Home GRCC GRCC student reaction to Patrick Lyoya shooting

GRCC student reaction to Patrick Lyoya shooting

Protestors stood united in front of GRPD to protest the killing of Patrick Lyoya. (Elizabeth Halvorson/The Collegiate)

By Kevin Lopez

It’s been a few weeks since Patrick Lyoya, a 26-year-old refugee from Congo, was shot and killed by a Grand Rapids Police officer. The reactions in the United States have been swift with protests and peaceful demonstrations. 

Here in Grand Rapids, there have been protests and calls for action and change. The Collegiate wanted to talk to students about the aftermath of the tragedy. It is important to note that when asked about the police shooting, many students claimed to not have heard about it or said they didn’t know too much about the shooting. Meanwhile, several others expressed serious concerns. 

“I was extremely shocked when I first heard what happened,” said Jodi Sonke, 38, of Grand Rapids. When asked about the videos police released that depict the moments leading up to Lyoya’s death, Sonke said, “I was sick to my stomach. I was really upset.”

Nate Burkens, 18, of Grand Rapids, said “It’s upsetting that someone died when they shouldn’t have. It’s upsetting that this isn’t the first time something like this has happened…” 

Demetrius Walker, 24, of Grand Rapids said he felt that the shooting was completely unnecessary. 

“He already had him pinned down, he didn’t have to shoot him,” Walker said.

Remington Ludtke, 21, of Middleville, agreed.

“They didn’t need to shoot him, the officer was on top of him and could’ve held him down or something,” Ludtke said. “They are supposed to be trained for this.” 

Katie Hansen, 26, of Holland, would like more police oversight.

“There is no accountability for the GRPD,” Hansen said “There is none at all.” 

The name of the officer who shot and killed Lyoya has not been released.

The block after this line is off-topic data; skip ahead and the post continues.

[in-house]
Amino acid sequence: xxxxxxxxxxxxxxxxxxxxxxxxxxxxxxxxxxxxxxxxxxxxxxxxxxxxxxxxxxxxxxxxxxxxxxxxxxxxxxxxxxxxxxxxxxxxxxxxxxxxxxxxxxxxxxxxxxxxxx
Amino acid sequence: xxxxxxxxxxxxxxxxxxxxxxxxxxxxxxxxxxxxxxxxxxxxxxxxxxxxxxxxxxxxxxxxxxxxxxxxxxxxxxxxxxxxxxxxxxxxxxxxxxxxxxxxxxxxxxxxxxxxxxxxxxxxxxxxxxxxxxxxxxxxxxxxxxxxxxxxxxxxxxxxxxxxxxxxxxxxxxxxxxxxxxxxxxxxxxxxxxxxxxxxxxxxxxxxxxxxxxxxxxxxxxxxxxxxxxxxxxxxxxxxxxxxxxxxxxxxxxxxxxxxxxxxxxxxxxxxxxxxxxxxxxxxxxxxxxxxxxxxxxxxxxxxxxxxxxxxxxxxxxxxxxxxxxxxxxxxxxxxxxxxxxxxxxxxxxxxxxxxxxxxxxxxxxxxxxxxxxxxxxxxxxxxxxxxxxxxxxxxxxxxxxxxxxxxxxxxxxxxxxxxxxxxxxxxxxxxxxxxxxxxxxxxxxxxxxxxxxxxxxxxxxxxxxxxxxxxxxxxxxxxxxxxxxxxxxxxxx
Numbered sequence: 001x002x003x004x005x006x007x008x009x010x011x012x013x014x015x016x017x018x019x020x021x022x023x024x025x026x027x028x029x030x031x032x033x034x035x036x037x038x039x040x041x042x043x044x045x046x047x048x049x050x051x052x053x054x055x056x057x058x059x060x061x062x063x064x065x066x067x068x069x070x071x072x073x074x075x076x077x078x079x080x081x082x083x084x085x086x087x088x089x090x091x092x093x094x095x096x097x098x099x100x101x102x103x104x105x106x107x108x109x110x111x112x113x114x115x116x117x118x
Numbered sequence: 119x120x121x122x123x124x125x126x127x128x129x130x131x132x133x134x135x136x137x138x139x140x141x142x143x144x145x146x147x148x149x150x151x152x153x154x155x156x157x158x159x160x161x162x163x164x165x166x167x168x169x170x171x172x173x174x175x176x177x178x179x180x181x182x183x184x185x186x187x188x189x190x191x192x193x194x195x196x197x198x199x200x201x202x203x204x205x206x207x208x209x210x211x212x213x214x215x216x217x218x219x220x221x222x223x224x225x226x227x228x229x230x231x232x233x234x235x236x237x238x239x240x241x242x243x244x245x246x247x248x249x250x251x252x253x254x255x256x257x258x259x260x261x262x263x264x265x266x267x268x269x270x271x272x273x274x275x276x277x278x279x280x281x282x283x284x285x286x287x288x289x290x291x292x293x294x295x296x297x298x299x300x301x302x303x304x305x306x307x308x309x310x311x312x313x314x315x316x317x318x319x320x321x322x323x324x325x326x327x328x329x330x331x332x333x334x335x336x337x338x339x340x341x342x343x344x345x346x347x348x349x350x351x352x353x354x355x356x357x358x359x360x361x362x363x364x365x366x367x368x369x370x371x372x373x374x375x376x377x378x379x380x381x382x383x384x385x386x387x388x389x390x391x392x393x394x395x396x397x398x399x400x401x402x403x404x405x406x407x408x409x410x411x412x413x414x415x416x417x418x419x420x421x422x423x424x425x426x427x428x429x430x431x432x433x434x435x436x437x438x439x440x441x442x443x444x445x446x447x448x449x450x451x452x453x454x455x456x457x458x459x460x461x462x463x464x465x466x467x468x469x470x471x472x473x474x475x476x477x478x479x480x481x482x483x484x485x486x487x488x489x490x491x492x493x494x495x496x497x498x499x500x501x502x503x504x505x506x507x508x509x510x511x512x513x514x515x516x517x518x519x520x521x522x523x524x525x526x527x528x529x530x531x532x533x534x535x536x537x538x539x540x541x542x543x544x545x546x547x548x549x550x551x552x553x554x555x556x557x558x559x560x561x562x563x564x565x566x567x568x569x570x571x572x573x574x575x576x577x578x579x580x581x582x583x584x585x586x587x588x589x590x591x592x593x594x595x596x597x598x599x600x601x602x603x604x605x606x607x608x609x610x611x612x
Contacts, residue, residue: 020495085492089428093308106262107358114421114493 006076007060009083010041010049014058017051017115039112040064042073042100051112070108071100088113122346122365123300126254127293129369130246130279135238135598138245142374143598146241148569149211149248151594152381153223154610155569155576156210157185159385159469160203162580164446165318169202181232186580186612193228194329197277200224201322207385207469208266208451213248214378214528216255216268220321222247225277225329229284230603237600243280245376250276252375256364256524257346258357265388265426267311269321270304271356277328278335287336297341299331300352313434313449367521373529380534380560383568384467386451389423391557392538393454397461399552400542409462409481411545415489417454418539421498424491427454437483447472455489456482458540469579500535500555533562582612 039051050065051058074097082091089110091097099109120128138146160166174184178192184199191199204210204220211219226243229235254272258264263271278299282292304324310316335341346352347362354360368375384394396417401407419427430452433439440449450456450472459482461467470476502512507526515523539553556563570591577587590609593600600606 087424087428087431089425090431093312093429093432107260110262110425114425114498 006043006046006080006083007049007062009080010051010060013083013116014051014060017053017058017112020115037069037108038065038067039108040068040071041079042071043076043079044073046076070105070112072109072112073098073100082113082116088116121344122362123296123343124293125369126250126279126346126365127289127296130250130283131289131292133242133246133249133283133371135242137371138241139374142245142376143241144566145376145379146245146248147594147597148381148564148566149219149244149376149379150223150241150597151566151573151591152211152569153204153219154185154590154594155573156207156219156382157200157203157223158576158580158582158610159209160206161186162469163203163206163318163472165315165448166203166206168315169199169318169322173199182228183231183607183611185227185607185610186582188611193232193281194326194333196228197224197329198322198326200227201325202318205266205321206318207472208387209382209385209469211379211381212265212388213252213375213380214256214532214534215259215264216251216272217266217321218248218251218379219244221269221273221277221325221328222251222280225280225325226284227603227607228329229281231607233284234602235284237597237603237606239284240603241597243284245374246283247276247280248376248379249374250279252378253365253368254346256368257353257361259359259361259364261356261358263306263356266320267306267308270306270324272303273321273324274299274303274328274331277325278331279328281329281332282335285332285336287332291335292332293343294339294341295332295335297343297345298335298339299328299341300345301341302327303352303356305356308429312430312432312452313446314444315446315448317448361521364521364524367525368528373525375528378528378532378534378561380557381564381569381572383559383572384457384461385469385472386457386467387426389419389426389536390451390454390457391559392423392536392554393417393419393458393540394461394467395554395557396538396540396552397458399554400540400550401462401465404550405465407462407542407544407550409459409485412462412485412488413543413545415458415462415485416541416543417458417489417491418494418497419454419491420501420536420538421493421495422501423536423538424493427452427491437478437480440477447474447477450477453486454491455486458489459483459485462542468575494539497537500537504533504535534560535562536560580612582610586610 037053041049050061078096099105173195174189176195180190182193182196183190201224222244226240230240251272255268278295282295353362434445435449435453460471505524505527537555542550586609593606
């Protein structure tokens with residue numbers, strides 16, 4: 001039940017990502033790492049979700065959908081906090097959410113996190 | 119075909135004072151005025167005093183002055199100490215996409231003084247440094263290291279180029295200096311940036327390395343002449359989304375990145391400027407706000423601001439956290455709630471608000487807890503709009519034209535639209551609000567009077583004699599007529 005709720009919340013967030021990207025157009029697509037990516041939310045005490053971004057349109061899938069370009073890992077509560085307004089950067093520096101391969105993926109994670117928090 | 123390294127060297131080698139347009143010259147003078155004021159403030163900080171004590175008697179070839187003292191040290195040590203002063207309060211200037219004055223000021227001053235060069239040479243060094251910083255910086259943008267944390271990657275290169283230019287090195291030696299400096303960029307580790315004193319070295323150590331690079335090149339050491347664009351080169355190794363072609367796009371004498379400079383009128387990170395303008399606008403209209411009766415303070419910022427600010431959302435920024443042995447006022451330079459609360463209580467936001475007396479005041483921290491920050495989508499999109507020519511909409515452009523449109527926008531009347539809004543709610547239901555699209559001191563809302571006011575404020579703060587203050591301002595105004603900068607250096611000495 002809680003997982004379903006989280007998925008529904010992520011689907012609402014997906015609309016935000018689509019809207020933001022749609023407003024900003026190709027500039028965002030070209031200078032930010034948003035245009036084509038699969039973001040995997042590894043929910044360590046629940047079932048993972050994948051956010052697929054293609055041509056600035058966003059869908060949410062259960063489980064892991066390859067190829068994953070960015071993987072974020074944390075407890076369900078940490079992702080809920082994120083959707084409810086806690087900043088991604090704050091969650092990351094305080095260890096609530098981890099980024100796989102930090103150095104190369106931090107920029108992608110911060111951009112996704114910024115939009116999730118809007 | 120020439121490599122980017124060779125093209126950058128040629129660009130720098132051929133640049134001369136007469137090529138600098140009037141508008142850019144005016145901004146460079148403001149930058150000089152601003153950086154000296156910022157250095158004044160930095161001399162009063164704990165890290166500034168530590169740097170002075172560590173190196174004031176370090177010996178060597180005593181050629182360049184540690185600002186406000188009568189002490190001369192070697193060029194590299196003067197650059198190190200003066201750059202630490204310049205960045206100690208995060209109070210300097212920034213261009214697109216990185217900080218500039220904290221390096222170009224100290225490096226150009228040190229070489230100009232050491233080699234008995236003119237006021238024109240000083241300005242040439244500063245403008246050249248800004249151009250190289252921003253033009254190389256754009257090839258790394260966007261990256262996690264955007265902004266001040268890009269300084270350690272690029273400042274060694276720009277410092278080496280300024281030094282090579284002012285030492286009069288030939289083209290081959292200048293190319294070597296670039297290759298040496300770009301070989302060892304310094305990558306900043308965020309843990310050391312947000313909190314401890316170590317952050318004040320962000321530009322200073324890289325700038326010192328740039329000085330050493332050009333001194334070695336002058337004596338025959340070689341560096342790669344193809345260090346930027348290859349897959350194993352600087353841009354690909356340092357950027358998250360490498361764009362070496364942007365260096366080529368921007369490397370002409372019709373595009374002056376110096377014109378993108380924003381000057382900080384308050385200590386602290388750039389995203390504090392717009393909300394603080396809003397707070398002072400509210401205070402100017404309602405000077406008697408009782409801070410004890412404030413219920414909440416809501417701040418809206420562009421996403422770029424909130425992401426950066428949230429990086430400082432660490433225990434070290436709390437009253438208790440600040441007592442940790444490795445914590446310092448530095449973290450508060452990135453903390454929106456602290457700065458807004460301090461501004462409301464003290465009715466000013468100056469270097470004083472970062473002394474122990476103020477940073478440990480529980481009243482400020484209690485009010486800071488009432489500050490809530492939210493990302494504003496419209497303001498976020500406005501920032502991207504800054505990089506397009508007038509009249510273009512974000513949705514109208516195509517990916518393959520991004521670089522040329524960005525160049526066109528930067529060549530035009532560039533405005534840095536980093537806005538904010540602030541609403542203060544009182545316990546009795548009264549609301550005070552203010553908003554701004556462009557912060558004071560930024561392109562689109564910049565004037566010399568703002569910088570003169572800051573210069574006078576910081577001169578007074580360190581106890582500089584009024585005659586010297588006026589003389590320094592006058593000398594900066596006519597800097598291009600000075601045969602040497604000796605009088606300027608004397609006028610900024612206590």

“The fact that the officer hasn’t been named yet is ridiculous,” Hansen said. “I know it’s a matter of safety, but he did what he did and they know it’s causing a lot of frustration for the public and now they are trying to figure out who it is, which could end badly.”

Walker said, “I live in a densely populated African-American neighborhood. I think they (the GRPD) lack an understanding of certain areas. They don’t know how to deal with people and situations.”

According to The Washington Post database that tracks every fatal shooting by an on-duty police officer in the U.S. There were 1,020 shootings in 2021 and more than 5,000 nationally and 125 in Michigan since 2015. 

We asked students how they think local citizens will react if criminal charges are not filed against the police officer who shot and killed Lyoya.

“I think a lot of people are gonna be upset,” Walker said. “They are gonna lose faith in our police system.”

Ludtke said he’s not sure how the public will react.

“I don’t know, I think people might riot over this situation, but I’m not sure how things will go.”

Hansen feels like things could get intense.

“I definitely think it has the potential for riots and destruction. I know businesses downtown are taking precautions and it’s understandable that people are upset with GRPD. Everyone saw it, they (GRPD) can’t lie to us about this. I definitely think things could get dangerous.”

The tragic shooting has raised concerns for many local residents.

“I love this city, I’m from this city, I have a lot of faith in this city,” Walker said. “A man came here for a better life and it was taken from him. If this is how they (GRPD) would treat an immigrant, what’s that say for us?” 

This has been a very polarizing and difficult time for the people of Grand Rapids. The Collegiate will continue to follow this story. In the meantime, counseling services are available through GRCC here


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